Eurovision is the pop show from another dimension a big production international extravaganza celebrating the unifying force music at its most trite.
It is the show where nations set aside their differences and pretend to care about what passes for pop in Belarus glory in the shared values of simple chord sequences and singalong melodies and thrill to the realisation that blow dried windswept hair looks exactly the same from the valleys of Wales to the furthest reaches of the Georgia. But 26 songs is a lot for anyone to get through in one sitting a double albums worth of power ballads techno folk and cheesy europop.
Under the circumstances staging is often more significant than the song since even if you can t remember the chorus of the anonymous Ukranian ballad you re never going to forget the giant in a Viking suit who carried the singer on.
If only he d have stayed on to add backing vocals do a dance routine and exit with the vocalist slung over his shoulder we d all be tuning into the concert in Kiev next year. As it was they were narrowly seen off by Denmark s tin whistle.
It seems an appropriate symbol for a year that may well be remembered as the austerity Eurovision. A lot of countries seem to have decided that the appropriate response to the dismal economic climate was understatement. France opened proceedings with a dirty little left field pop rock ballad delivered by a scruffy blonde whose idea of choreography was to jerk about like a mime artist experiencing a nervous breakdown. I actually quite liked her.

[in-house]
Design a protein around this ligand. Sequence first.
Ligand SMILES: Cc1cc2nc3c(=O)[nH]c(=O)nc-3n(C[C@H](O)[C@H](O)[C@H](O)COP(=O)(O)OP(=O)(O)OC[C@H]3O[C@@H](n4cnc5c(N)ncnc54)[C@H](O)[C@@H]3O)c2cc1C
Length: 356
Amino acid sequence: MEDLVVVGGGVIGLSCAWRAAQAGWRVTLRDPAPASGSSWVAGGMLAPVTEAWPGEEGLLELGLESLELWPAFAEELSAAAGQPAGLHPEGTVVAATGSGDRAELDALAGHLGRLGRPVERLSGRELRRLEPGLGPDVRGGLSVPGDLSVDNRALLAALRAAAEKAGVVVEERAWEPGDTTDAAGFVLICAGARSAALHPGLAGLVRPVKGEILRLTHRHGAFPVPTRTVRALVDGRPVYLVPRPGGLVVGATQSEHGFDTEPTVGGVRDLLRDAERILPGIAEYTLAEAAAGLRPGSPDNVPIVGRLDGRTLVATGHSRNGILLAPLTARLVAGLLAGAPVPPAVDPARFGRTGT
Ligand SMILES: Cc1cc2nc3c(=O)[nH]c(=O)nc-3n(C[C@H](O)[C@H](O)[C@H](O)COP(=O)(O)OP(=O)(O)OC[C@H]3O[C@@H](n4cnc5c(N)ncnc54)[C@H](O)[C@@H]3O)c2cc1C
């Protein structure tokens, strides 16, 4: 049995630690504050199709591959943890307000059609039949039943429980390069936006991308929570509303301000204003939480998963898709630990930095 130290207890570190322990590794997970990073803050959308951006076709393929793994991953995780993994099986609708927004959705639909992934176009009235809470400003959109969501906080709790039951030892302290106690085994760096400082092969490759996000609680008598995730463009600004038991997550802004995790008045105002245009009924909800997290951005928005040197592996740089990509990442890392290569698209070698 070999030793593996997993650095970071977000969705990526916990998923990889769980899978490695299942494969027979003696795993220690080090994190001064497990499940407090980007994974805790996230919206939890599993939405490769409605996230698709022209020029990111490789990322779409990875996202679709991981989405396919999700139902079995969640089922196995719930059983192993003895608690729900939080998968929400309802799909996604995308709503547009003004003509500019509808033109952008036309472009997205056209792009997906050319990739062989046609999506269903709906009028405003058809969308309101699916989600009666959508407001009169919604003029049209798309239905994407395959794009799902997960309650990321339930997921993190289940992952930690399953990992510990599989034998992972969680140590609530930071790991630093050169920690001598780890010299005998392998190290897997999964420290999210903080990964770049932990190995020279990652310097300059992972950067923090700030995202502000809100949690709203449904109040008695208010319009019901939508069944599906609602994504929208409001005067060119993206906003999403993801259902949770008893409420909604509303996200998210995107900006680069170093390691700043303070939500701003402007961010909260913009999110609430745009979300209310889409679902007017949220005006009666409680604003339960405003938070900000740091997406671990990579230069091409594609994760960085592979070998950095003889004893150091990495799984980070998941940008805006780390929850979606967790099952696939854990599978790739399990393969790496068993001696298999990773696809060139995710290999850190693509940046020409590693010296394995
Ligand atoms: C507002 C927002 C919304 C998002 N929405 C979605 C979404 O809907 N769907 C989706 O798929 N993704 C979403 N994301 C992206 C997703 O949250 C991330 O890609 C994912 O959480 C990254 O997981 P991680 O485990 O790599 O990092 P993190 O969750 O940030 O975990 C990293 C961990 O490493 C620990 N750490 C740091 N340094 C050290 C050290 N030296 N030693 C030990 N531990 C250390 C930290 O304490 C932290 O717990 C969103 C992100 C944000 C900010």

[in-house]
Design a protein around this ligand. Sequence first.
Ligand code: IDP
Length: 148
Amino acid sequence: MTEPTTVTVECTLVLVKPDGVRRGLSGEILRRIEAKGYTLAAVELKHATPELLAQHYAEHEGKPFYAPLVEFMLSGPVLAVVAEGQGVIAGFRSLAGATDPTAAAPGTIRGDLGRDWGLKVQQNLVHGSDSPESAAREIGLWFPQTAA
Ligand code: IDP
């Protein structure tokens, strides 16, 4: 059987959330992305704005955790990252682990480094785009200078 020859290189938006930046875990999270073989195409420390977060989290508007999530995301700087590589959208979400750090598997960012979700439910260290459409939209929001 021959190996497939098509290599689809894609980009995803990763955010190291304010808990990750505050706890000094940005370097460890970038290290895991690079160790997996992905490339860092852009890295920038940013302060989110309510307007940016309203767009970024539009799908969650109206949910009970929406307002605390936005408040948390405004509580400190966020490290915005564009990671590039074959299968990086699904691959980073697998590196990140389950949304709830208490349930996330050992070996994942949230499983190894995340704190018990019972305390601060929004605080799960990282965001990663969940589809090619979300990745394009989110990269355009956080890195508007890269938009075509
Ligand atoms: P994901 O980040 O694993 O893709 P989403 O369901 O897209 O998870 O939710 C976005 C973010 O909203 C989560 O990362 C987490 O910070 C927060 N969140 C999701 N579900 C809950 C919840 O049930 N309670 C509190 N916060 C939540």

The Netherlands were even more audaciously restrained sending an actual singer songwriter who warbled a kind of wayward Sondheim meets Joni Mitchell orchestral ballad about a bird who can t fly with the casual flair of a beatnik poet in the backroom of a coffee house.
Italy sent a scruffy bearded guy in a suit with no band no backing vocalists no contortionists dancers dry ice or lights. They might be in worse economic shape than they re letting on.
There were actually a lot of young men with beards affecting that scruffy slob in a suit look as if they didn t really care whether they won or not until cameras caught them screeching and sobbing waiting for votes to come in.
Only Finland and Belarus really gave it the full Eurovision cartoon blondes hunky dancers and lots of uh oh a ding dong lyrics. Seventeen of 26 finalists chose to perform in a language bearing a vague resemblance to English only with more vowels and less sense. Germany gave us Glorious or to pronounce it as the singer did Glo oh oh oh oh oh oh orious .
Lithuania s scruffy guy Andrius Pojavis had the best Eurovision lyric of the night It becomes untrue because of my shoes I m wearing today one is called love the other is pain . No me neither.
As for Bonnie Tyler well what can you say Every Eurovision performance needs a gimmick and Bonnie opted for Botox. If she had any more injected she could have bounced on as a perfectly smooth and spherical ball of skin and hair. She may be 61 and her song may be a by the numbers power ballad written by a team of American hacks but she has that cheese grater soul voice that can make even the most throwaway lyric sound like a matter of life and death.
She came she sang and she rose up on a platform with wind blowing through her hair smiling like a superstar who was convinced no one would dare give her nul points. It made little difference to established voting patterns. Maybe next year we should send a pop singer not as close to retirement age. Or tanks.